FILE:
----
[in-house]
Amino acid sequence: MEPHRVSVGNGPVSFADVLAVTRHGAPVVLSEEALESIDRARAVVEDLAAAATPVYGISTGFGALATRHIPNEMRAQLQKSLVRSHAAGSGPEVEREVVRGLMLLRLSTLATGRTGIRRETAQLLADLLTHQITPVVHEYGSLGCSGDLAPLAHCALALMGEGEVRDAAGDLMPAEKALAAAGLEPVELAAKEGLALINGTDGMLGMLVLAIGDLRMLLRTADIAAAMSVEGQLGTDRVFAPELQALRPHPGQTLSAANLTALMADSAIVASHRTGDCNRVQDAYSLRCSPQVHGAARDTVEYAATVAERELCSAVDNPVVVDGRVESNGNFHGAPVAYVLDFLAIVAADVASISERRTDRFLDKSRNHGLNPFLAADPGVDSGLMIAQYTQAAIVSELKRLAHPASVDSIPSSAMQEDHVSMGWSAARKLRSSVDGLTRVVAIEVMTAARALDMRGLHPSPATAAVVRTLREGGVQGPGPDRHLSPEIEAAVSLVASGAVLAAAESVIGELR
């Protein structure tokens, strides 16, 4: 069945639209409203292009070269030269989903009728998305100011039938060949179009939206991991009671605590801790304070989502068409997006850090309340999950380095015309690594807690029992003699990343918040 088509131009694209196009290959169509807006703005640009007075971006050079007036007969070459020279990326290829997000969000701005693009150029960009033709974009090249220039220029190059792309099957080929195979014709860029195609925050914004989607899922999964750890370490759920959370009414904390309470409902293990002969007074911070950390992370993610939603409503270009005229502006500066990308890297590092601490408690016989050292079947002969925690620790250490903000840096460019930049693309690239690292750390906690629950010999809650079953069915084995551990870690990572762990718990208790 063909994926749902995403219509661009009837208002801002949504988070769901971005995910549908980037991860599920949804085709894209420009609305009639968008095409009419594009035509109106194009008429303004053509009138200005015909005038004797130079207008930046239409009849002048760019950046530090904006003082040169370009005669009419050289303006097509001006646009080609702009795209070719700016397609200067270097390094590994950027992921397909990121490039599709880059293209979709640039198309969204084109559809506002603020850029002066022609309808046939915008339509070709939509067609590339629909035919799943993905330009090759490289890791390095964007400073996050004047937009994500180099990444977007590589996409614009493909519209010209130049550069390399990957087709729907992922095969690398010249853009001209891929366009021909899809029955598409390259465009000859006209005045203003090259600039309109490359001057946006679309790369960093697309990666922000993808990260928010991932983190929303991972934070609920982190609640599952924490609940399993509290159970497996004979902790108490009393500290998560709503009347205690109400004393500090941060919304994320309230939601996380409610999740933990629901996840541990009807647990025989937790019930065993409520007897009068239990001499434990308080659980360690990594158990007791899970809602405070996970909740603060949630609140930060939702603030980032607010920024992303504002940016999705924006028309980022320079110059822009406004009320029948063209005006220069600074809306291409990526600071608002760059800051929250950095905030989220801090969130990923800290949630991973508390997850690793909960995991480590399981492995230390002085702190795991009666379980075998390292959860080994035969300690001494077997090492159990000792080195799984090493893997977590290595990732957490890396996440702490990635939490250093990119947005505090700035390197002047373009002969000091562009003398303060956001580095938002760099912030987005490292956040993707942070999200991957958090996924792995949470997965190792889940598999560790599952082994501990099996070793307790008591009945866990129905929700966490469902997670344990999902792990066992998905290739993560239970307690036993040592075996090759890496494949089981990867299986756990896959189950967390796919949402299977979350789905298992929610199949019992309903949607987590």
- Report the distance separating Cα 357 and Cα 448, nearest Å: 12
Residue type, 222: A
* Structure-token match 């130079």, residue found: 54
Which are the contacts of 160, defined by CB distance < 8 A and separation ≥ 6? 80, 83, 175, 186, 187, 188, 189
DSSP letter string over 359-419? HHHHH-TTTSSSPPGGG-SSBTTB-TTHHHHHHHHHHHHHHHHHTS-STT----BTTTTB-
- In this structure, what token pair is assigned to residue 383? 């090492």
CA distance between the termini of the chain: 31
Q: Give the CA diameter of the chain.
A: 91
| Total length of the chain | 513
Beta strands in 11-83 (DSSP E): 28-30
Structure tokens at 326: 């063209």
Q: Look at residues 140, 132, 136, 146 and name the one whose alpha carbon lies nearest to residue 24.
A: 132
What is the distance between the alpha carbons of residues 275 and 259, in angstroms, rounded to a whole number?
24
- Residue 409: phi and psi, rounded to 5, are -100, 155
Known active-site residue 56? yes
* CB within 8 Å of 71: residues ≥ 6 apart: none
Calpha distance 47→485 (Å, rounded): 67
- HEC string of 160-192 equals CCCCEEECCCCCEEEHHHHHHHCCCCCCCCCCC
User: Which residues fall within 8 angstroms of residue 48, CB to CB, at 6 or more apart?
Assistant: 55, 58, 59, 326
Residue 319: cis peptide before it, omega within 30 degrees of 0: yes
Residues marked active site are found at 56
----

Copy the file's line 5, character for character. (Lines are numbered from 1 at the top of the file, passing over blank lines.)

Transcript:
Residue type, 222: A